Fisher, John F. and Kavanagh, Kevin and Sobel, Jack D. and Kauffman, Carol A. and Newman, Cheryl A.
Candida Urinary Tract Infection: Pathogenesis.
Clinical Infectious Diseases, 52 (S6).
Candida species are unusual causes of urinary tract infection (UTI) in healthy individuals, but common in the
hospital setting or among patients with predisposing diseases and structural abnormalities of the kidney and
collecting system. The urinary tract may be invaded in either an antegrade fashion from the bloodstream or
retrograde via the urethra and bladder. Candida species employ a repertoire of virulence factors, including
phenotypic switching, dimorphism, galvano - and thigmotropism, and hydrolytic enzymes, to colonize and then
invade the urinary tract. Antegrade infection occurs primarily among patients predisposed to candidemia. The
process of adherence to and invasion of the glomerulus, renal blood vessels, and renal tubules by Candida
species was elegantly described in early histopathologic studies. Armed with modern molecular biologic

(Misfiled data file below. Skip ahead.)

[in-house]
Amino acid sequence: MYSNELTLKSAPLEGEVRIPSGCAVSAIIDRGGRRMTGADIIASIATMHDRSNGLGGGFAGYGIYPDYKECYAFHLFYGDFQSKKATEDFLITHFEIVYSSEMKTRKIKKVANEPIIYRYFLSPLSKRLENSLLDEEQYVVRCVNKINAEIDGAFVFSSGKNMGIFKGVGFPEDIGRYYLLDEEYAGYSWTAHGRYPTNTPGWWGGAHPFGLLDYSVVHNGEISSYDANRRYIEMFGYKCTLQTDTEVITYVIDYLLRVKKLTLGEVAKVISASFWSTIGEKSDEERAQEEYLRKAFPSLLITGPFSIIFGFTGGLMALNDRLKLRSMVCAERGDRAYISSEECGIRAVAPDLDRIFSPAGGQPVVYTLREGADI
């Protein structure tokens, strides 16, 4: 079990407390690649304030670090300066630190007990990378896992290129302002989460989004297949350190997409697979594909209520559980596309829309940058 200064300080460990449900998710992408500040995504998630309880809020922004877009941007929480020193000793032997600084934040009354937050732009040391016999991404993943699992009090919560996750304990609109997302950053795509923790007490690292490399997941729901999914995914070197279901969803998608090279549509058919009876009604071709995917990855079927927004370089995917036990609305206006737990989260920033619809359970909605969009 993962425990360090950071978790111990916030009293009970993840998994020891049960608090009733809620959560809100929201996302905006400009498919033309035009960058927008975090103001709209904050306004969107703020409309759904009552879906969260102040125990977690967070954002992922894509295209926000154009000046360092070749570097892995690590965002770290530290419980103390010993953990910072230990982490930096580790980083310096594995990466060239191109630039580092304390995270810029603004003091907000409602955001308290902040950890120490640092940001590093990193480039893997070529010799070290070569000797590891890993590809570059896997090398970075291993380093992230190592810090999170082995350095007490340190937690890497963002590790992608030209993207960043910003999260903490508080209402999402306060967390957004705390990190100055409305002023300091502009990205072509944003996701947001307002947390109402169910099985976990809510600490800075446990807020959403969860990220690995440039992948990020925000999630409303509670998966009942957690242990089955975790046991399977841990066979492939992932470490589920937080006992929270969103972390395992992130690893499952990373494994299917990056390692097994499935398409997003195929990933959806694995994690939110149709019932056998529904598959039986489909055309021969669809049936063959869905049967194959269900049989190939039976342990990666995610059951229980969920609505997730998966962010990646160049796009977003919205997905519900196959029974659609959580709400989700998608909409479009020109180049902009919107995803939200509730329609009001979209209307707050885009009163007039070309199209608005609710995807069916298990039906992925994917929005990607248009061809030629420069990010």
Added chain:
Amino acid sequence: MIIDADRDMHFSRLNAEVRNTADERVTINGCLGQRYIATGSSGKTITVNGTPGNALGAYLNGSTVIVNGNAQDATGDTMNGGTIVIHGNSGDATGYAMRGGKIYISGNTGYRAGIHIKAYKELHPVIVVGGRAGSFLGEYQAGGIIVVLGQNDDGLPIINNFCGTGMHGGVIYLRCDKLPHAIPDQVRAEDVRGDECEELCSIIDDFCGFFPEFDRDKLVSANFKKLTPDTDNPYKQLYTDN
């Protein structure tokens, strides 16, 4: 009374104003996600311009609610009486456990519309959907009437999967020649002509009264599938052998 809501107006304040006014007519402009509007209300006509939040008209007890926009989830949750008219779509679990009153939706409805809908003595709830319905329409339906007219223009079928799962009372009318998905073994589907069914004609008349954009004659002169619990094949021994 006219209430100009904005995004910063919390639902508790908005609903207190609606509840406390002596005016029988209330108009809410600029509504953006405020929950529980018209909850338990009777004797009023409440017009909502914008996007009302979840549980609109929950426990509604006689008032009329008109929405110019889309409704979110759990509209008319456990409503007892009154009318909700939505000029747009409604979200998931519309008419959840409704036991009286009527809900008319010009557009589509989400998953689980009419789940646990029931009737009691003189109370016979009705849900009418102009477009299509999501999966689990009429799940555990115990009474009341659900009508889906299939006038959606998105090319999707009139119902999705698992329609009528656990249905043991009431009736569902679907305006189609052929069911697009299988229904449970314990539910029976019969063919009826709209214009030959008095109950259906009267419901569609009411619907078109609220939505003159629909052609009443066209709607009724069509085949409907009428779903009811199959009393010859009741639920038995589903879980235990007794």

techniques, the various virulence factors involved in bloodborne infection of the kidney are gradually being
elucidated. Disturbances of urine flow, whether congenital or acquired, instrumentation of the urinary tract,
diabetes mellitus, antimicrobial therapy, and immunosuppression underlie most instances of retrograde
Candida UTI. In addition, bacterial UTIs caused by Enterobacteriaceae may facilitate the initial step in the
process. Ascending infections generally do not result in candidemia in the absence of obstruction.
||The definitive version of this article is available at Clinical Infectious Diseases (2011) 52 (suppl 6): S437-S451. doi: 10.1093/cid/cir110 This article appears in: Candida Urinary Tract Infections
||Candida; Urinary Tract Infection; Pathogenesis;
||Science & Engineering > Biology
Dr. Kevin Kavanagh
||04 Jul 2012 15:25
|Journal or Publication Title:
||Clinical Infectious Diseases
||Oxford University Press
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